Django Unchained (2012)


Kill White People and Get Paid for it? What’s Not to Like?

Django Unchained (2012)It’s a heavy spoiler for this review that today’s movie made it into my top films of 2012, but I still feel obligated to give it the full review it never received. Near the end of the year, I was trying so hard to review as many movies from 2012 as I could that I pushed this one off so much that I didn’t feel like the memory was fresh enough to still write the review for it. I knew it was only a matter of time until I got around to reviewing it because there was no way that I wouldn’t be picking it up on BluRay the day it released. Well the time finally came that I could present you with my review of Django Unchained, written and directed by Quentin Tarantino, and starring Jamie Foxx, Kerry Washington, Christoph Waltz, Leonardo DiCaprio, Samuel L. Jackson, Walton Goggins, Don Johnson, James Remar, Tom Wopat, Russ Tamblyn, Amber Tamblyn, Bruce Dern, Zoë Bell, and Jonah Hill.

A group of slaves is being driven by the Speck Brothers until they’re stopped by a German dentist named Dr. King Schultz (Christoph Waltz), who stops them looking to purchase one of their slaves named Django (Jamie Foxx). When the Speck Brothers decline, Schultz guns them down. Schultz reveals himself to be a bounty hunter who needs Django to identify the Brittle Brothers, who Schultz has a bounty for. After dealing with the Brittle Brothers, Django reveals that he’s been separated from his wife, Broomhilda (Kerry Washington), and Schultz decides to help reunite them, taking Django on as an apprentice bounty hunter until they get a chance to free Broomhilda from the slave owner Calvin J. Candie (Leonardo DiCaprio).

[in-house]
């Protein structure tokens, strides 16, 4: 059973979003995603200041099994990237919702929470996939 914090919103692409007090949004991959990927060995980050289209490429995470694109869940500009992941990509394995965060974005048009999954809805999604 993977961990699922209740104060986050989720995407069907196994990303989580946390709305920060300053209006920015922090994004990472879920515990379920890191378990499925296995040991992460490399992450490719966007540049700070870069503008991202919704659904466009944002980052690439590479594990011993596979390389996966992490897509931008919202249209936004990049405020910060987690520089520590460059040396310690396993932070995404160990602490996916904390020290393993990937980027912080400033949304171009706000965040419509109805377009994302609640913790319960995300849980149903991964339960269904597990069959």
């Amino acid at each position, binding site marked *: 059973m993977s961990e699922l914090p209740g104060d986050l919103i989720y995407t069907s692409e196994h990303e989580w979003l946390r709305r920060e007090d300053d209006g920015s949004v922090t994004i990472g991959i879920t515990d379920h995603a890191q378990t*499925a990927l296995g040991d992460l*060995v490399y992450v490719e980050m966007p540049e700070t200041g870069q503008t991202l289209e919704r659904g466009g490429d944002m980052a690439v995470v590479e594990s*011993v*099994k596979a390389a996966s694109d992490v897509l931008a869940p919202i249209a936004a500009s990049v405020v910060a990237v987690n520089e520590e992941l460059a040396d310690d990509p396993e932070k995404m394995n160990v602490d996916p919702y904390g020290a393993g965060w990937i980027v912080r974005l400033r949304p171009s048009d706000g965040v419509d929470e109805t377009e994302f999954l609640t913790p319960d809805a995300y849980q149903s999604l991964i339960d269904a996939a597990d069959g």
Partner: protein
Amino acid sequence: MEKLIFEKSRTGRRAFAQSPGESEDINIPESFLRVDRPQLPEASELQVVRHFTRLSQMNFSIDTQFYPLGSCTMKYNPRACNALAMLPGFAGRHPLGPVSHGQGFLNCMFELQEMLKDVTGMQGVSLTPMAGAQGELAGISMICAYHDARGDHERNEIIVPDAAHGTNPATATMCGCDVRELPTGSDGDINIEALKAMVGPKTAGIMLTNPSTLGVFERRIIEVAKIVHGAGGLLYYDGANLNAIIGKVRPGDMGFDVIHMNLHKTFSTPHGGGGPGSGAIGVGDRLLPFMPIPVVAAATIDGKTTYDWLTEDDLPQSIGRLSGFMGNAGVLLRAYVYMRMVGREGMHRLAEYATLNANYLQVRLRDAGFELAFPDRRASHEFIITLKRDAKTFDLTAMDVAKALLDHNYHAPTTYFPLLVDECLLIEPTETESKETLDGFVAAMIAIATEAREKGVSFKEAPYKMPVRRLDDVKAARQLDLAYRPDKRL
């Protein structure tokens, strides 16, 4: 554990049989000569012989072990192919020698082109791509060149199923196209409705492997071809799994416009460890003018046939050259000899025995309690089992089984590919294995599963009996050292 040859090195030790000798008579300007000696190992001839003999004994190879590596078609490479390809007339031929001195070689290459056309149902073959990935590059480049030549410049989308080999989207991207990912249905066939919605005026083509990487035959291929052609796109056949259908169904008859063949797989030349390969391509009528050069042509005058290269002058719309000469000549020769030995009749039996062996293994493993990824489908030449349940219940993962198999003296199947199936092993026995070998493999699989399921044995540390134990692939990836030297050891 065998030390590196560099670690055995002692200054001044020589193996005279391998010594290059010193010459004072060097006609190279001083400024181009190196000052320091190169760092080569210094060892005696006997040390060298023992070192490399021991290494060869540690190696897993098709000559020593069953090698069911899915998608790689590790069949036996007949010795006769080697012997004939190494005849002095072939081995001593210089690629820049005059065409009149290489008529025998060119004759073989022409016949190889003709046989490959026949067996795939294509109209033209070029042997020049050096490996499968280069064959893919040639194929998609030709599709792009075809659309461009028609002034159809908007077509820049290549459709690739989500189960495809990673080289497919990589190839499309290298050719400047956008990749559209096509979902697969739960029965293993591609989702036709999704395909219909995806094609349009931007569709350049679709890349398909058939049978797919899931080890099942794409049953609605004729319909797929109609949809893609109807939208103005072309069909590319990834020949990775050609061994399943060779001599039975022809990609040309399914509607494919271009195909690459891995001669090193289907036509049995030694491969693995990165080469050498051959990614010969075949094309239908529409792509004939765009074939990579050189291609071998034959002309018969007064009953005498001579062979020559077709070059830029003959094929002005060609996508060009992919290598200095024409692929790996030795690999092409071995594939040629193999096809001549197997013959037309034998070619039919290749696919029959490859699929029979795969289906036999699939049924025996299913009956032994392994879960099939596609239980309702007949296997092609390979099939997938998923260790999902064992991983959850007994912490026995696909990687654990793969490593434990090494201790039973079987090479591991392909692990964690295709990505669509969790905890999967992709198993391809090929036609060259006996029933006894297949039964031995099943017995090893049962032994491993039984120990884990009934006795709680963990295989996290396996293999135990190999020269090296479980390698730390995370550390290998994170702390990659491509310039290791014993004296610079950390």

This movie is awesome, but I don’t even know how comfortable I’d be in saying that it’s Tarantino’s best movie to date. And that is a huge compliment. When your movie is potentially coming in third to Pulp Fiction and Inglourious Basterds, you know you’re doing alright in your career. And Django does not disappoint Tarantino fans, at least not this one. It’s far more fun than you’d expect a movie about slavery to be. Tarantino takes what could be a really heavy premise and injects it with his particular brand of humor, which you can see all over the place, such as Don Johnson’s character telling one of his slaves to not be so hasty when jumping to the conclusion that she should treat Django like a white man when he suggested to treat him better than she’d treat other slaves. Even though the scene could’ve technically been left out of the movie, I also enjoyed the scene where the racists were preparing to lynch Django and got into a discussion about the eyeholes on their hoods because it was pretty damned funny. Of course, Tarantino usually writes some funny and/or compelling dialogue, my favorite in this movie being between Django and Schultz more often than not. I guess the dialogue did seem a bit off in their unrealistically low use of the N-word for a movie taking place in the South, but I’ll let that slide as well. The only thing I took issue with in the whole story was the plan to rescue Broomhilda. They determined that they couldn’t just offer to buy her, and they also couldn’t offer to buy one of Candie’s fighters unless they came at him with a ridiculous sum of money, so they had to come up with this big ploy to offer the money and ask to take Broomhilda as a signing bonus. I don’t know why they didn’t just offer a crazy sum of money for Broomhilda in the first place. I suppose part of their idea was to only pay $2,000 for her and act like they’d come back with the rest later, but if they’d just offered $5,000, Django would’ve been good for it. It’s not like he didn’t help him raise at least that much money, thusly earning it for himself. And it’s not like he had anything else he wanted, so he could drop all that money to get his wife back. It’s a major point in the story, but a minor qualm from me. I got over it.